Using frequent flyer points to upgrade from economy to Virgin Australia business class is one of the best ways to spend your hard-earned Velocity points – but how can you tell if a points-based upgrade is available on a specific flight before booking your ticket?
The airline’s reservation system doesn’t make this clear when you’re searching for fares and flights, but fortunately, there are two methods you can use to check this before locking-in your paid fare.
1: Search Virgin Australia’s website for ‘Reward Seats’
All Virgin Australia upgrades follow one simple rule: if you can use your Velocity points to secure a ‘Reward Seat’ on a particular flight in business class, you can also use your Velocity points for a confirmed upgrade to business class on that same flight.
It’s as simple as logging in on the Velocity website, browsing to ‘Search and Book Flights’ on the left-hand navigation menu and plugging in your preferred route and travel date.
Be sure that ‘Use Points + Pay’ is selected at the top, and then click ‘Find Flights’.
On the next page, scroll until you find your desired flight or travel time, and check to see if it has a ‘Business Reward’ available.
On the date we searched, we observed that flights VA816 and VA820 had a Business Reward available, but that flight VA824 did not – instead with ‘sold out’ appearing in the business class column (ignore 'Economy Reward' and 'Any Seat').
This means that on flights VA816 and VA820, you would be able to use Velocity points for a confirmed business class upgrade after purchasing an economy class ticket, but wouldn’t be able to achieve the same on flight VA824.
Armed with this information, you can then book your fare and use your points to upgrade as soon as your ticket has been finalised – whether that’s between Sydney and Melbourne or indeed on any other Virgin Australia route.
(On flights to Los Angeles and Abu Dhabi, points-based upgrades to business class and also premium economy are restricted to Velocity Gold and Platinum members only, while on domestic and all other international flights, all Velocity members can use points to upgrade.)
This method is best for travellers who need to fly on very specific dates, but if you’re flexible and aren’t having much luck in finding a Reward Seat (and therefore, an upgradeable flight), there’s another tool which can help you out.
2. Use ExpertFlyer to search for Reward Seats week by week
As above, Virgin Australia’s own website allows you to search for Reward Seats, determining also the availability of upgrades, but only on one calendar day at a time.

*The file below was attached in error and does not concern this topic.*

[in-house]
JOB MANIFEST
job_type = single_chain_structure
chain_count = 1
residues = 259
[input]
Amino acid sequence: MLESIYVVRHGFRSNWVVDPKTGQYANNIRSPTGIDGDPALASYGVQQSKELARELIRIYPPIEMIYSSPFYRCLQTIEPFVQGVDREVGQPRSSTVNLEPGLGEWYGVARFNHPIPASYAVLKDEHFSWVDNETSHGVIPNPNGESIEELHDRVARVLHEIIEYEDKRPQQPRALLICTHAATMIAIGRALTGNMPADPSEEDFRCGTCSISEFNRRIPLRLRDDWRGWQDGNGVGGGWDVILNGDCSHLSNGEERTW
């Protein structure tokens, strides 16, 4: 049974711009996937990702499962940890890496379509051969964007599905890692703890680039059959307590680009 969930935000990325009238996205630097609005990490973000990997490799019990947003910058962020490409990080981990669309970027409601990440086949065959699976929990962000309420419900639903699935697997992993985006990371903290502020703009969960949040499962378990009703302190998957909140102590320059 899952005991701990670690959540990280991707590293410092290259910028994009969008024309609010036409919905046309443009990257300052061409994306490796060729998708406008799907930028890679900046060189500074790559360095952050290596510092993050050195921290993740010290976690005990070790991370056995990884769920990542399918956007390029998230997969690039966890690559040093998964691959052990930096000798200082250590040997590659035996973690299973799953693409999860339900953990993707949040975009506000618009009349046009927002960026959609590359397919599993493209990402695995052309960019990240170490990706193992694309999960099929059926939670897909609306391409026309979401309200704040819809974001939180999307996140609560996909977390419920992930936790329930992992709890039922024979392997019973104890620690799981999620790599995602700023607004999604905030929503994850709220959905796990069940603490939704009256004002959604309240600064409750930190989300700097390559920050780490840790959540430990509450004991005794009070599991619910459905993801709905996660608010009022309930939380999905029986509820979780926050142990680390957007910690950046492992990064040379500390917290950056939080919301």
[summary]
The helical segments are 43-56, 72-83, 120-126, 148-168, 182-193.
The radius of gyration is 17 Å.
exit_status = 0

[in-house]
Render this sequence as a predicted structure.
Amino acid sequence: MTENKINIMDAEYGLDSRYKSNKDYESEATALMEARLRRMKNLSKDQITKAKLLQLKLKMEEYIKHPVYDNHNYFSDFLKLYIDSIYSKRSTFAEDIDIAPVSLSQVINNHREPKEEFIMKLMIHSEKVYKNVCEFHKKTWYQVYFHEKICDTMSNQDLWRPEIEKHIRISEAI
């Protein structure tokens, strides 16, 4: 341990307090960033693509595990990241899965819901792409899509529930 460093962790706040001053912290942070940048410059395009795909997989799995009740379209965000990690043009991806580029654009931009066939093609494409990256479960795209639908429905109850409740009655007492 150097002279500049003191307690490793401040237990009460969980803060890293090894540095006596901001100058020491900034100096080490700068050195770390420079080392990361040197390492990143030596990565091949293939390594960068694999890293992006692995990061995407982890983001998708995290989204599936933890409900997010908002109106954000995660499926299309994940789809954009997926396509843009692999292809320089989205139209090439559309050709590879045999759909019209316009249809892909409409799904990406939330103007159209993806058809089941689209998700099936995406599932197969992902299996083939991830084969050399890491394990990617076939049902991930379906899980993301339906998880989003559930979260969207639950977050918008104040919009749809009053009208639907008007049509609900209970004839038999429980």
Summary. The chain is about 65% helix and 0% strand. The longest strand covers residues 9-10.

If you’d like to know all of your upgrade options, and fast, consider subscribing to the ExpertFlyer website. This allows you to search for Virgin Australia Reward Seats on any given route one week at a time, with the results all appearing on a single page.
You’ll pay US$10/month (A$13.35) or US$100/year (A$133.50) for the Pro Premium subscription, but once your membership is sorted and you’re logged in, head to the ‘Awards & Upgrades’ area and enter your route and travel date, while also selecting the ‘+/- 3 Days’ option at the side.
Also be sure to select ‘Virgin Australia (VA)’ as your airline of choice, enter how many Reward Seats (upgrades) you’re searching for, check the ‘Business – Award (Z)’ option and then click ‘Search’.
Looking at the Sydney-Auckland route in mid-December, we can see that at least one Reward Seat/upgrade is available on both VA144 and VA146 on December 13, and that at least one Reward Seat/upgrade is too up for grabs on December 14’s VA144 flight.
(Because we’ve searched for one upgrade, a ‘Yes’ in the ‘seats’ column means the software was able to find what we were looking for, being one seat.)
But from the same screen, it’s also clear that on December 15 and the days that follow, no Reward Seats are available on any Virgin Australia Sydney-Auckland flight, which means no points-based upgrades can be snagged, either.
(When Reward Seats/upgrades aren’t available, you’ll either see ‘no entries’ appear, or you’ll see the details of a flight but with ‘No’ in the ‘seats’ column: both indicate the same thing.)
You’ll also spot an ‘Aircraft’ column. This is handy on routes where Virgin Australia swaps between aircraft types, such from Sydney to Perth where both the Boeing 737 and Airbus A330 appear, as you can easily spot which flights are being served by which planes on the dates you’ll be travelling and can plan your journey accordingly.
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